High incidence of monozygotic twinning after assisted reproduction is related to genetic information but not to assisted reproduction technology itself

High incidence of monozygotic twinning in infertility clinic patients is conditioned by hereditary factors, and good ovarian function only facilitates the expression.


Aleš Sobek Jr., M.D., Blažena Zbořilová, D.Sc., Martin Procházka, Ph.D., Eva Šilhánová, M.D., Olga Koutná, M.D., Eva Klásková, M.D., Emil Tkadlec, Ph.D., Aleš Sobek, Ph.D.

Volume 103, Issue 3, Pages 756-760



To study the incidence of monozygotic twinning (MZT) in patients using in vitro fertilization, relative to their age, genetic background, ovarian function, and assisted reproductive techniques used.


Analysis of a collected database.


Infertility treatment center.


A total of 1,876 patients receiving infertility treatment between 2000 and 2012. Pregnancies with monozygotic twins (A: 23) were compared with deliveries of dizygotic twins (B: 423), singleton pregnancies (C: 880), and aborted pregnancies (D: 389).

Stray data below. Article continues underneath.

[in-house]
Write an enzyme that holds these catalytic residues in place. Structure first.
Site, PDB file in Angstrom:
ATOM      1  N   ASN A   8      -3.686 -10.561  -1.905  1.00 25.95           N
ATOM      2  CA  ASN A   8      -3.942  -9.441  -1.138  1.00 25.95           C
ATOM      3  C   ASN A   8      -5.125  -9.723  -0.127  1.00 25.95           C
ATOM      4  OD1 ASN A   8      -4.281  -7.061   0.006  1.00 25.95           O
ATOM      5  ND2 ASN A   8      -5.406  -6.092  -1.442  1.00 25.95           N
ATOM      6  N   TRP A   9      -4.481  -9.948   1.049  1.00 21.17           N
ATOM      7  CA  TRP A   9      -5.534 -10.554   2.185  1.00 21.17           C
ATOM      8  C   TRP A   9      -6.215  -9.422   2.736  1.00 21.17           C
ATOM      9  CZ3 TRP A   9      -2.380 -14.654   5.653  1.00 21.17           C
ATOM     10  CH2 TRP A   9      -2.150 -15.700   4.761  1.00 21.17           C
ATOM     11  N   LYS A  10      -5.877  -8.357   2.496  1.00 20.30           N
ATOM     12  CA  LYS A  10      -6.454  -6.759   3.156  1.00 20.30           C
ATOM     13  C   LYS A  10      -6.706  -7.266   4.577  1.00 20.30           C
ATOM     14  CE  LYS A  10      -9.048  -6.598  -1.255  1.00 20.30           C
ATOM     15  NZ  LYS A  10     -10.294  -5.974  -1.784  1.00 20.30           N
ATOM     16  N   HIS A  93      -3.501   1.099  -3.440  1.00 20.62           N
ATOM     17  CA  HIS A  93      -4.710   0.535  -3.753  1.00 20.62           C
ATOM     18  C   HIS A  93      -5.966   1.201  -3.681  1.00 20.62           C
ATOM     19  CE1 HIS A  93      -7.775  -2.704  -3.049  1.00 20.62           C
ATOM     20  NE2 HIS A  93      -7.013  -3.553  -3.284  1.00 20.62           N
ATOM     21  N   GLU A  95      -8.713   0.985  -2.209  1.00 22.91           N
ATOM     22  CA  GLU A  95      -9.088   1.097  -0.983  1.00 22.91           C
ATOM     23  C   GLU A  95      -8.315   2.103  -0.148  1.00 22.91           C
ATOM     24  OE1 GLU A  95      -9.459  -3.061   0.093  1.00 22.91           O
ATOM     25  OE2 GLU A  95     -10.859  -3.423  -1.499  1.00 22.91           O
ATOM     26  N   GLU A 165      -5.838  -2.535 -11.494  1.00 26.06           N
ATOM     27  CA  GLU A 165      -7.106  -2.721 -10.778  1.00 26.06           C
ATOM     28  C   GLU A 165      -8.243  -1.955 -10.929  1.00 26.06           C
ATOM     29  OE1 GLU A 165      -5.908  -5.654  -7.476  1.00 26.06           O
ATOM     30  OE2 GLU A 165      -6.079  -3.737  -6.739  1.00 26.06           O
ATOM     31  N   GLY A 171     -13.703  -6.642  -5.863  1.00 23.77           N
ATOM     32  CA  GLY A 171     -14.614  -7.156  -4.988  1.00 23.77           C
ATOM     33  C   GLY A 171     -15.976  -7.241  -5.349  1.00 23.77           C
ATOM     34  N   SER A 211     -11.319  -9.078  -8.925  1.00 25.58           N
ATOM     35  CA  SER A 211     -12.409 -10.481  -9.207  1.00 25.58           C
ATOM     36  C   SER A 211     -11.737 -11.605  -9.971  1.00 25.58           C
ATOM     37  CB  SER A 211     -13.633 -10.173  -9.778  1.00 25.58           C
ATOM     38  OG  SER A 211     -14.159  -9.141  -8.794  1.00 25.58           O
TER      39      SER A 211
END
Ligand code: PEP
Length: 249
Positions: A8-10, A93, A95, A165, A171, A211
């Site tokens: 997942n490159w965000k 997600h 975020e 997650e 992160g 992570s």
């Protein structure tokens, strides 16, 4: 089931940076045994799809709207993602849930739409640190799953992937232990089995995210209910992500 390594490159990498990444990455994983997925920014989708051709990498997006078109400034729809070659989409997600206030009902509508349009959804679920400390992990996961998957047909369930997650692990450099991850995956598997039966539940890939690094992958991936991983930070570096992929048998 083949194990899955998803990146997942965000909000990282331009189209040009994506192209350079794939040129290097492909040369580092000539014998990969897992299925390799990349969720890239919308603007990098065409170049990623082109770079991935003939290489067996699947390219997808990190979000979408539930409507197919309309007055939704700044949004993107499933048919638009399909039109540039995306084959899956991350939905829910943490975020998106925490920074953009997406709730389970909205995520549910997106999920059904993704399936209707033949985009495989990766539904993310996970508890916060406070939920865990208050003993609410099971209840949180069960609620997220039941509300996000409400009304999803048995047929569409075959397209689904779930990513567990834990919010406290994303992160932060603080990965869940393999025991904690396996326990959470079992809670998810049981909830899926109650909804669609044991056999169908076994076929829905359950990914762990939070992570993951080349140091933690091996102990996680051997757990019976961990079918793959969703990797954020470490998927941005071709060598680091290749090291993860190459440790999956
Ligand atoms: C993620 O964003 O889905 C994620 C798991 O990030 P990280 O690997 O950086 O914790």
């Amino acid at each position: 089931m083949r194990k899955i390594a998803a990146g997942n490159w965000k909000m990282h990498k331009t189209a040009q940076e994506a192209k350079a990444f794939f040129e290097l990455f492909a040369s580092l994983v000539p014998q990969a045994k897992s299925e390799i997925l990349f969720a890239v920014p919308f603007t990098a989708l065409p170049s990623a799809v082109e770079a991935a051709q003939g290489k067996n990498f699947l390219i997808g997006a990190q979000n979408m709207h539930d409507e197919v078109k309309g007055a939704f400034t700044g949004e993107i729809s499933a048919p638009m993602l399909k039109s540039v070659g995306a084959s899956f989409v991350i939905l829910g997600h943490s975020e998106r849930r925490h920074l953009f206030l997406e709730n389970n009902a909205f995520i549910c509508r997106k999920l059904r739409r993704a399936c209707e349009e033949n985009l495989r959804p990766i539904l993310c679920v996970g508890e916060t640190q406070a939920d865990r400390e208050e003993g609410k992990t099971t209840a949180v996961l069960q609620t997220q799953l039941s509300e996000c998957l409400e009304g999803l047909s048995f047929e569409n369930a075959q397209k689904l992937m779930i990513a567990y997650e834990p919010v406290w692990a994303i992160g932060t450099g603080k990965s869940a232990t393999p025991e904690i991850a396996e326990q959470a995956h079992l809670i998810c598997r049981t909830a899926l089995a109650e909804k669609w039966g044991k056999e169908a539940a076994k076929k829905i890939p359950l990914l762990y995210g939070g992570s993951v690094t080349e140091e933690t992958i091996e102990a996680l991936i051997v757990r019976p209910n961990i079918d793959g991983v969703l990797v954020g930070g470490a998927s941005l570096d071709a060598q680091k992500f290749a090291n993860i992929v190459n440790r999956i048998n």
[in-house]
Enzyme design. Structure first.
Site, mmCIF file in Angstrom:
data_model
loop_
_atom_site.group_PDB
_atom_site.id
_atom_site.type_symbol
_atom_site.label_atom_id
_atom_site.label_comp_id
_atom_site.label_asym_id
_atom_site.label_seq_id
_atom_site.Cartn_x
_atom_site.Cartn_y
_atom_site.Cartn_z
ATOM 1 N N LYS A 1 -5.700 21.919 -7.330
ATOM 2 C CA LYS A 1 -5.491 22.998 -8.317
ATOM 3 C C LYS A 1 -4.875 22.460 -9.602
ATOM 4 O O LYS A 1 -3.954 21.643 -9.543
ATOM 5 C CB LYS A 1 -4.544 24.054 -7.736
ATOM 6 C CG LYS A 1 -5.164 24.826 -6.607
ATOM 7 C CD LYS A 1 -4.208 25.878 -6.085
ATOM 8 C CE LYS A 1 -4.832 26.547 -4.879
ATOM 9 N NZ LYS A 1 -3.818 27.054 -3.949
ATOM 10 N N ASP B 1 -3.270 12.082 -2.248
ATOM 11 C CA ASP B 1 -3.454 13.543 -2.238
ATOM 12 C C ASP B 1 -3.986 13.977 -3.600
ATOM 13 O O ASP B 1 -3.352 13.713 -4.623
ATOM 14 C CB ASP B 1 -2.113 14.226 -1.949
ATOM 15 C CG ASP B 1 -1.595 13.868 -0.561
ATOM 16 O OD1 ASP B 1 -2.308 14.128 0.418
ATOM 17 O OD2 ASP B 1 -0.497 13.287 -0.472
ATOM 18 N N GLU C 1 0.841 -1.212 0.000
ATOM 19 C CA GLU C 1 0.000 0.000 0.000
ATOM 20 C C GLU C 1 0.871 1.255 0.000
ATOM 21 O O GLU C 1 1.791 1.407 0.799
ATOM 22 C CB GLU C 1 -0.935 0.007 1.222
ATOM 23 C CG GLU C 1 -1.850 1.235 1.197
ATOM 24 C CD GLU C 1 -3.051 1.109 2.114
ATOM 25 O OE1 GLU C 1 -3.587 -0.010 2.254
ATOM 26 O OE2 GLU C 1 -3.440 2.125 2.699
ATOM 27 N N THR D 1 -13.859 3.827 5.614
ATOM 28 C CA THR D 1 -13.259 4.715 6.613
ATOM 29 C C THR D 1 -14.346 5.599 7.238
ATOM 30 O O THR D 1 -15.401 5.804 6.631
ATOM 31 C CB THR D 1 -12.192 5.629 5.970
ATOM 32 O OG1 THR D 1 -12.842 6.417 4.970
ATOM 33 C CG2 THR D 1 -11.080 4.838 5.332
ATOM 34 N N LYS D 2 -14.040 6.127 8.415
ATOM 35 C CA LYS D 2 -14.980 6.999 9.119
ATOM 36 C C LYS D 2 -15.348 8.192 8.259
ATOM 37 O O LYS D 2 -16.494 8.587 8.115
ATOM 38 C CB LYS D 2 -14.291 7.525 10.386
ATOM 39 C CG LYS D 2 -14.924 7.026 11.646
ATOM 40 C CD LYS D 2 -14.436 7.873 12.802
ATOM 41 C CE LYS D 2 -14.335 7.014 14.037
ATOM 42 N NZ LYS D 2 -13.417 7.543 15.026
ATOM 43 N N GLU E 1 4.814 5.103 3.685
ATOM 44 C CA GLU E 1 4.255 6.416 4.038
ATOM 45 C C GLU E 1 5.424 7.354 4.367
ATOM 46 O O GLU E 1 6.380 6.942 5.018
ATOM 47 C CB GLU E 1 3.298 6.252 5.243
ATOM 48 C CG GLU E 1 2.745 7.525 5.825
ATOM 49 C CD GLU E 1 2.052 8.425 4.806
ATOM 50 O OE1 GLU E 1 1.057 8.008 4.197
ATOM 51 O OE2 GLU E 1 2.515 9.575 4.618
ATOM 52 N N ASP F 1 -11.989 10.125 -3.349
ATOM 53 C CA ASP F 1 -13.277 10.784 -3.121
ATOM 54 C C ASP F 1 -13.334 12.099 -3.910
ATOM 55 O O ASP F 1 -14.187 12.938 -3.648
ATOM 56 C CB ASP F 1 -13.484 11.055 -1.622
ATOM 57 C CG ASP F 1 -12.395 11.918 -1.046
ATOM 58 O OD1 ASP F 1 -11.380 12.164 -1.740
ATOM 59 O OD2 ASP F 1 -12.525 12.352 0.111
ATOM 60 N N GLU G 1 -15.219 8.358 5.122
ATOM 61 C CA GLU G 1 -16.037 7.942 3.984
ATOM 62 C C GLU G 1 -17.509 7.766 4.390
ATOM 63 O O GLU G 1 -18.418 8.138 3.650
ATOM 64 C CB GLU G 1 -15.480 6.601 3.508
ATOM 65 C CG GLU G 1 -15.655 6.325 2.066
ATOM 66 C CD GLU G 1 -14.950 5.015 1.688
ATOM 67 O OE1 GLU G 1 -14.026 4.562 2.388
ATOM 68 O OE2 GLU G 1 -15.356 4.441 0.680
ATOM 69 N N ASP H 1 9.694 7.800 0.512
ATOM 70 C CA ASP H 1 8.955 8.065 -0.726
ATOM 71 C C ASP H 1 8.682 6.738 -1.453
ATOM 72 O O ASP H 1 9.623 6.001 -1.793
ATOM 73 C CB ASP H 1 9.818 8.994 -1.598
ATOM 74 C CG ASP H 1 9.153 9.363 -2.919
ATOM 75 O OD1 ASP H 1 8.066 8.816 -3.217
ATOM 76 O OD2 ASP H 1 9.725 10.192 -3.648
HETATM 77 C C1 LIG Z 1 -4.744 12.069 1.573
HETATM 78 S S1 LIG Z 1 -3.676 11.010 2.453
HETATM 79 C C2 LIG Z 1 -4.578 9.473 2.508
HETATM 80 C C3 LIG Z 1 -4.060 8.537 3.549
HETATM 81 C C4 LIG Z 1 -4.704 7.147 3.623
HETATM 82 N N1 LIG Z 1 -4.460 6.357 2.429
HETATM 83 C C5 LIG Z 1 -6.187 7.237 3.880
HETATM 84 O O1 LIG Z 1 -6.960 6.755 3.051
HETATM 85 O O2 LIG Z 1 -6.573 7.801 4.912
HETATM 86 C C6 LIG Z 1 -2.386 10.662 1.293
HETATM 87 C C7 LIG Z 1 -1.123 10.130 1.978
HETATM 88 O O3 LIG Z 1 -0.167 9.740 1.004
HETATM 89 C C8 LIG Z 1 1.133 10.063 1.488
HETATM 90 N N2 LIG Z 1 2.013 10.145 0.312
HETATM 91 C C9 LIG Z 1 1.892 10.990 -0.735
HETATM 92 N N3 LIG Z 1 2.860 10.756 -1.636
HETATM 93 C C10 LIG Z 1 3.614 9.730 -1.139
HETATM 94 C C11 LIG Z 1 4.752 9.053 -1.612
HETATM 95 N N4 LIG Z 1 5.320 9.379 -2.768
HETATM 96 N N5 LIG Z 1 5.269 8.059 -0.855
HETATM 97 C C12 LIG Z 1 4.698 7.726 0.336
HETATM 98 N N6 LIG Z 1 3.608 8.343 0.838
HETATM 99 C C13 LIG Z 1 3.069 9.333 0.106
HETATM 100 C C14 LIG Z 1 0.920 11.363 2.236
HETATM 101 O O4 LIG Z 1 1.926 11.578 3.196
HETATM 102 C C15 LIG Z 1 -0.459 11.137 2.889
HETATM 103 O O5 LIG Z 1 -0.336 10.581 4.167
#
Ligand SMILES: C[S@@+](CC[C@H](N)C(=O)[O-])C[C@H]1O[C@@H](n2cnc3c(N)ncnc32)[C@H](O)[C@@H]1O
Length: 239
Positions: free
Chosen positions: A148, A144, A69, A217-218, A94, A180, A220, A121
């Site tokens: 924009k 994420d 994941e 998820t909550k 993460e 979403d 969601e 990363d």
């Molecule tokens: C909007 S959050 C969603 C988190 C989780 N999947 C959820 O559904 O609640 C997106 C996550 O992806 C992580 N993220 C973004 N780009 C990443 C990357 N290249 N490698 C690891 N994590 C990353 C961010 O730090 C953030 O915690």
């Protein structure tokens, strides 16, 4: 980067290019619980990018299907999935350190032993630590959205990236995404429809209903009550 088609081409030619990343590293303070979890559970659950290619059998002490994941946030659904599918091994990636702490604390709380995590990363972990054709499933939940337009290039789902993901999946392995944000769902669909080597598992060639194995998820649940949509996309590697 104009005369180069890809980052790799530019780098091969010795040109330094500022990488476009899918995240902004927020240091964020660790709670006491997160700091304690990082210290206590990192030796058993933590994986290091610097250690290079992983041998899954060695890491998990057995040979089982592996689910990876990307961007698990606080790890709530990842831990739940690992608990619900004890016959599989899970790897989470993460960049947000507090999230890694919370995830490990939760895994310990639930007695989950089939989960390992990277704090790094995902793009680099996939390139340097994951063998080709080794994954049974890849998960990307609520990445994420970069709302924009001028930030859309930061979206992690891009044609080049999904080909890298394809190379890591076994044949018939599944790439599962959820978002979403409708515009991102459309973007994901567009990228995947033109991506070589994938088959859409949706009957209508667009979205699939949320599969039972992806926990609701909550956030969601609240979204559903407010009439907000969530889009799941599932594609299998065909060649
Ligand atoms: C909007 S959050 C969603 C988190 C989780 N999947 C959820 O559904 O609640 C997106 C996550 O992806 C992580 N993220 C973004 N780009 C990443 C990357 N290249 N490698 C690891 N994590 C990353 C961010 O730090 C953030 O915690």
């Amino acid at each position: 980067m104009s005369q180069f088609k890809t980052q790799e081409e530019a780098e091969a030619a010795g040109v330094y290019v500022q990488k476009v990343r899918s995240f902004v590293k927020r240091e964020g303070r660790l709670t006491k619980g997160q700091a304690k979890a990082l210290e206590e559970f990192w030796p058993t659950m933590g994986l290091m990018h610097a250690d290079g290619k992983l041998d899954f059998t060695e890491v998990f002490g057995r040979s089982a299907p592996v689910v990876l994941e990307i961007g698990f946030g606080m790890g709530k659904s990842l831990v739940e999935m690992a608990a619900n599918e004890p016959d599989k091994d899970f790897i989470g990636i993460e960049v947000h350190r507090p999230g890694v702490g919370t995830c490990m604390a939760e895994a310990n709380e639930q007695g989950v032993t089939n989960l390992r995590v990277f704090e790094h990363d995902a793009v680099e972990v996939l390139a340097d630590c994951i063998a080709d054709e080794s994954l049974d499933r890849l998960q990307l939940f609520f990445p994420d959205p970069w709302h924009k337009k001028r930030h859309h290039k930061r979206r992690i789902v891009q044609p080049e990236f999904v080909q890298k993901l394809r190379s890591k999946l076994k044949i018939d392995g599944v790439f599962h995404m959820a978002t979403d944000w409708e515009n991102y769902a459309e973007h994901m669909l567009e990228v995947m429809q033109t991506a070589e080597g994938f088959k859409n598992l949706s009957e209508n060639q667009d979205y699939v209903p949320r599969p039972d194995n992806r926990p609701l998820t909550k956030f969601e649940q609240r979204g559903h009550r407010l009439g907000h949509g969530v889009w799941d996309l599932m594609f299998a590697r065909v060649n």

Main Outcome Measure(s):

A genetic survey on multiple pregnancies in the extended family. Measures were micromanipulation technique, the length of embryo cultivation, type of cultivation media, basal follicle-stimulating hormone level, estradiol level on the day of human chorionic gonadotropin administration, number of oocytes, total consumption of gonadotropins, and consumption of gonadotropins needed for recovery of 1 oocyte.


No differences were found between the incidence of MZT in cycles that did vs. did not use micromanipulation techniques. In addition, the length of embryo cultivation or type of cultivation media used did not affect the results. Estradiol levels and implantation rates were significantly higher in group A. The incidence of MZT in families in group A was significantly higher than that in groups B and C.


We propose that the high incidence of MZT in infertility-clinic patients is conditioned by hereditary factors, and good ovarian function only facilitates the expression. The resulting recommendation is that young women with a positive family history and good ovarian function undergo elective single-embryo transfer, and proper counseling is advisable.

Read the full text at: http://www.fertstert.org/article/S0015-0282(14)02523-0/fulltext